Avoiding and Controlling Diabetes May Be Simpler Than You Think

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Diabetes can be a silent killer – and an invisible one.

Eventually, it can cost you your vision or your feet; it can make your kidneys or your heart fail, and trigger several other serious medical issues.

The fact that Type 2 diabetes is more and more common shouldn't make anyone think it's not a major concern, says internal medicine specialist Abi Sundaramoorthy, MD.

“Because of the prevalence of diabetes, I don't think people take it nearly as seriously as they should," says Dr. Abi, as she prefers to be called. “It's hard to see how dangerous it is unless – or until – you suffer the consequences. It's something you perhaps can't see until you have a heart attack, stroke, infection, amputation or vision problems."

Know Your Numbers

You can avoid those severe medical consequences.

This means seeing your primary care doctor yearly for a check-up, and getting tested to see where your “numbers" are.

Diabetes is measured in two ways: through blood glucose, or A1C.  The A1C test is better, Dr. Abi says, because it determines an average number over three to six months, whereas glucose is more of a snapshot. A blood glucose test might be affected by stress, for example, so if the number is high, your doctor will likely follow up with an AIC for accuracy.

If your blood sugar is elevated, that means doing what you can to make lifestyle changes, and not simply “accepting" diabetes and counting on medication to treat it– because all medications have side effects, Dr. Abi says.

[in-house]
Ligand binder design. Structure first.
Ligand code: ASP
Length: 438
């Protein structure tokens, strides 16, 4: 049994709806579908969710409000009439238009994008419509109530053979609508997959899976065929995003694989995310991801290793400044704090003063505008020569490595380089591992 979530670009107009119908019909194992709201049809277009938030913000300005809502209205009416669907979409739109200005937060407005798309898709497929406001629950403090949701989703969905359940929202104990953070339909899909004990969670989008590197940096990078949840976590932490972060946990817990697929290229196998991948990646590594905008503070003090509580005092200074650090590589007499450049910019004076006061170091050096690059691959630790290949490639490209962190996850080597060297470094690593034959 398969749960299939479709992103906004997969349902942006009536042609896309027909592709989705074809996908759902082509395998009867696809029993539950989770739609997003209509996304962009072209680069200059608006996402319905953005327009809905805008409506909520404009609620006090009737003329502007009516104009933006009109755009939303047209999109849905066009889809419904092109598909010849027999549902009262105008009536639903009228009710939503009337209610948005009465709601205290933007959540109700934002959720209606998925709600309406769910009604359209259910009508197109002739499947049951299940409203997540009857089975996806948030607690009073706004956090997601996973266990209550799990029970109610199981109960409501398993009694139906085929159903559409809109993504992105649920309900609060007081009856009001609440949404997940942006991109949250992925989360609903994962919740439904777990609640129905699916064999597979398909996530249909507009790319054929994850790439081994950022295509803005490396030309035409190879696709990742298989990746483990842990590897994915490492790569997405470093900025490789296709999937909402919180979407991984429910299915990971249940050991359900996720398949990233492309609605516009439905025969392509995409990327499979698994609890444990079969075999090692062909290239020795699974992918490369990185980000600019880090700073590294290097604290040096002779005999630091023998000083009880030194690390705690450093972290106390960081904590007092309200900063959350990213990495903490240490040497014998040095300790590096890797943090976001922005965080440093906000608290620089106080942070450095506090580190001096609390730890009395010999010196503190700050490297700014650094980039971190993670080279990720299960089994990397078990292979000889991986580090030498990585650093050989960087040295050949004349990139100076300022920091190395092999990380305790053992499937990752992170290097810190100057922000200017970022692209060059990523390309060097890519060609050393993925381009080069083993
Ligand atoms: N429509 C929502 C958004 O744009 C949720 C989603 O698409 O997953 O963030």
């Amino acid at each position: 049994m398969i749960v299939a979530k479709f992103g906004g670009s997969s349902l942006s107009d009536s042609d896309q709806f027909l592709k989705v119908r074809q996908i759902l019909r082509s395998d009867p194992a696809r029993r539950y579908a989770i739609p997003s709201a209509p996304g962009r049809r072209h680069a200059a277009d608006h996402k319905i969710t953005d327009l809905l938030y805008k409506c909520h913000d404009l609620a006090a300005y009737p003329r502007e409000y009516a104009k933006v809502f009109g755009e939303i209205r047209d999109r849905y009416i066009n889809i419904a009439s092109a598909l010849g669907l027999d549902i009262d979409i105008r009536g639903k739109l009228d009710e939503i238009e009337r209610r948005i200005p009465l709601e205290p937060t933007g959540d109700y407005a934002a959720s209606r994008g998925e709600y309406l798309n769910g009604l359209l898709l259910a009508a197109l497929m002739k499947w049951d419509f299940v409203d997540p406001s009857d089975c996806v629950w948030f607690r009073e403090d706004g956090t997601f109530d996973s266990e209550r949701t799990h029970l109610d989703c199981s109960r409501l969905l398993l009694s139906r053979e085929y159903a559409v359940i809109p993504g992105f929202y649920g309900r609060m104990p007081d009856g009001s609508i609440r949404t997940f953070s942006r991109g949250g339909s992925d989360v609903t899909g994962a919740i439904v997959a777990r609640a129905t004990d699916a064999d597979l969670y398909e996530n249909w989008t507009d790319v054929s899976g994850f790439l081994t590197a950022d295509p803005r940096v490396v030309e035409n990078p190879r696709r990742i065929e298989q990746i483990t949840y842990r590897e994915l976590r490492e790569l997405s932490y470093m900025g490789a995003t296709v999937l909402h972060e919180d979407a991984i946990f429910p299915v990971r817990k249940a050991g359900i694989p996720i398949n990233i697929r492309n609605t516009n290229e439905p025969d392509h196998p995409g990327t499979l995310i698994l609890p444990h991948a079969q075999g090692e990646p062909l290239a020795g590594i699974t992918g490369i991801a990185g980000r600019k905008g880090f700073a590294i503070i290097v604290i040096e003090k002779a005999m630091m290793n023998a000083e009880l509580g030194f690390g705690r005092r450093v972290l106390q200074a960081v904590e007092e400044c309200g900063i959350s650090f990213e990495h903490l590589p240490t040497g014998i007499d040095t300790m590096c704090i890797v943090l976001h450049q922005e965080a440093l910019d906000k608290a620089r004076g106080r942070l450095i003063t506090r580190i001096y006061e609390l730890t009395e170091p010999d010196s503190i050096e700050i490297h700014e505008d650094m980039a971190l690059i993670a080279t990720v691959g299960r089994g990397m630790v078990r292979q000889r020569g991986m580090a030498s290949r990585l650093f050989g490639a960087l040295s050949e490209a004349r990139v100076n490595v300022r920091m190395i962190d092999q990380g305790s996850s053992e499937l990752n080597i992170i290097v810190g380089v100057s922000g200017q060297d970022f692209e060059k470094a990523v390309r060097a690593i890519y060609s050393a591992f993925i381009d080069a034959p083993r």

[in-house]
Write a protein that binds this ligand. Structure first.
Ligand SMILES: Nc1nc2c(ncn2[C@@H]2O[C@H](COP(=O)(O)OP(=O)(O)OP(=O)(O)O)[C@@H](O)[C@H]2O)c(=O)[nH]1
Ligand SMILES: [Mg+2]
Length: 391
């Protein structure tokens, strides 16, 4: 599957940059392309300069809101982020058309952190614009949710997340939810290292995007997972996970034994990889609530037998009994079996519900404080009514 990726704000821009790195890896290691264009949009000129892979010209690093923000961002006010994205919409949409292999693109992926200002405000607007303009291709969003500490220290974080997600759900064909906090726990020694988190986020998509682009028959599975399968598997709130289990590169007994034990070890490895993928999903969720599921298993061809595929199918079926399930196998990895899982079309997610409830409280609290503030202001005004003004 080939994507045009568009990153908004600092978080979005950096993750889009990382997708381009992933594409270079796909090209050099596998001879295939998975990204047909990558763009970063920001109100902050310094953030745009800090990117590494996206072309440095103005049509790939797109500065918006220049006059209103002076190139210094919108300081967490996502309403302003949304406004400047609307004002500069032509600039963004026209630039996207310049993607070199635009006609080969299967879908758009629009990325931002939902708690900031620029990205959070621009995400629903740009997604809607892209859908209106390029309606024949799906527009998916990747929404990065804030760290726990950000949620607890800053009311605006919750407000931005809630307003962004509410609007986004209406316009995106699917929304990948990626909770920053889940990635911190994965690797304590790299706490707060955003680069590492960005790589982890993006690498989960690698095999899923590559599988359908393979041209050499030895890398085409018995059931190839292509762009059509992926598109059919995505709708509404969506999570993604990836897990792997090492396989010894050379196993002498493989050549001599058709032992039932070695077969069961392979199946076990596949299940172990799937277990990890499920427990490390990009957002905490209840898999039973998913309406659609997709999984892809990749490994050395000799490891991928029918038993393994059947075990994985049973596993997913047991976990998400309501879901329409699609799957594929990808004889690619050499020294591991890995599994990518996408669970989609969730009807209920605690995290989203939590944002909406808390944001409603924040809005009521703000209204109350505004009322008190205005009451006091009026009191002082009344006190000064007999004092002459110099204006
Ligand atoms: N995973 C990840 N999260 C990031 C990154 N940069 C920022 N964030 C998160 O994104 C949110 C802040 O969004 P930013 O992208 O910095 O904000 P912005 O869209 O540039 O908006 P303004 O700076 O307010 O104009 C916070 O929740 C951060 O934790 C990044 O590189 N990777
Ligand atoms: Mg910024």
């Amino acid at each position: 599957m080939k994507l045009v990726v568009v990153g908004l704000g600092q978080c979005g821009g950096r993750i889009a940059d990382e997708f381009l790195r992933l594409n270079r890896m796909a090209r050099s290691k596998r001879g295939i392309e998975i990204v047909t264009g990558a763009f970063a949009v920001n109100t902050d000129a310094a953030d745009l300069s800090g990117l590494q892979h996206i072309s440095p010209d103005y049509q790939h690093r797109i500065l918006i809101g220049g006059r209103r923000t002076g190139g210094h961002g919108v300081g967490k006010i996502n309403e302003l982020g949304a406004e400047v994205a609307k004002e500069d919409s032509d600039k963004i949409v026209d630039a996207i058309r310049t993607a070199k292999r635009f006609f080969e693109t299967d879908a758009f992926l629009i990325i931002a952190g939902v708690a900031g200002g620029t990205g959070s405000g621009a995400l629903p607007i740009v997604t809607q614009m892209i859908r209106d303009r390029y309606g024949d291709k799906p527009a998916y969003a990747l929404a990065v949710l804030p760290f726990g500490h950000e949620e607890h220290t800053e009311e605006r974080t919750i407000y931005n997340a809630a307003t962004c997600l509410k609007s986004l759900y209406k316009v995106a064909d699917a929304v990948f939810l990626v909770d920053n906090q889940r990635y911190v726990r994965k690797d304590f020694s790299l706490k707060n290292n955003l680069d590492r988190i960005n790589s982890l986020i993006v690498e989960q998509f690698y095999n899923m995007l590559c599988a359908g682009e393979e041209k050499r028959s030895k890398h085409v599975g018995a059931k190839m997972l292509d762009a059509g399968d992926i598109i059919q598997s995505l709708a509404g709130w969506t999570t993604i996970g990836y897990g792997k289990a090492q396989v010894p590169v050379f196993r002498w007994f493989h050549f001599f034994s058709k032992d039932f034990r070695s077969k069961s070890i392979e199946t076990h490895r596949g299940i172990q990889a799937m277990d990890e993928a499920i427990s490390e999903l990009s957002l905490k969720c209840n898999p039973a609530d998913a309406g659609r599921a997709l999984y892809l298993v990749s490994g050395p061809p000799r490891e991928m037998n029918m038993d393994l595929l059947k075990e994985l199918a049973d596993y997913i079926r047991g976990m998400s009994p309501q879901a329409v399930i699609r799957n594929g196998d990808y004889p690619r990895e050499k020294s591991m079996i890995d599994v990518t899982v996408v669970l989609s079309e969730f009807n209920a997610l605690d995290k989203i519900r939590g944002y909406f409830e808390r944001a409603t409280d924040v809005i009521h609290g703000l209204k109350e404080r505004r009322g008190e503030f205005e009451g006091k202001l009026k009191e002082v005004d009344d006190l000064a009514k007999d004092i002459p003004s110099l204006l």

If your A1C number is under 5.7, you do not have diabetes. Between 5.7 and 6.5, you have pre-diabetes. Over 6.5 means you have diabetes.

Setting Goals

“The goal is to keep the diabetic patient under 7," Dr. Abi says. “At that point, we can manage it with lifestyle changes.

“If the number is between 7 and 10, the patient will need some kind of oral medication. Over 10 is when the patient will have to inject insulin – this might also happen if the oral medication was not effective for the patient."

Dr. Abi tells patients not to panic.

“Some of them think, 'Oh my gosh, I'll never have a doughnut again.' Diabetes is never about cutting out, it's about cutting down,” she says. “Whatever you are doing, take it down a notch."

And what is 'lifestyle management'? It's about empowering patients. Dr. Abi tells them about:

  • Exercising. Walking at a moderate or brisk pace for about 30 minutes, at least three days a week to start
  • Diet. Your doctor will give you specifics, but it means cutting back on sugar, artificial sweeteners, and reducing carbohydrates, both simple (usually packaged) and complex carbohydrates. Quantity and quality of carbs must both be considered.
  • Food portions. The vegetable portion should take up half your plate; protein about ¼, and carbs ¼ or less.

Exercise and weight loss work very well to lower blood glucose and A1C numbers, Dr. Abi says.

“I've seen patients with an A1C of 13 or 14, I put them on medication and with perseverance and good lifestyle management, they've lowered their number to below 7," she says. “The more empowered the patient feels, the better the outcomes."

As a physician, she says, it's not enough to tell patients their blood sugar is high, or that they are pre-diabetic or diabetic.

“You have to warn them about exactly what that means, and what will happen," she says. “And then you assure them that they do have some control over this."

Related links

UH's Division of Clinical & Molecular Endocrinology provides a full range of treatments for Type 1 and Type 2 diabetes – with a strong emphasis on self-management. Learn more about diabetes services at University Hospitals.

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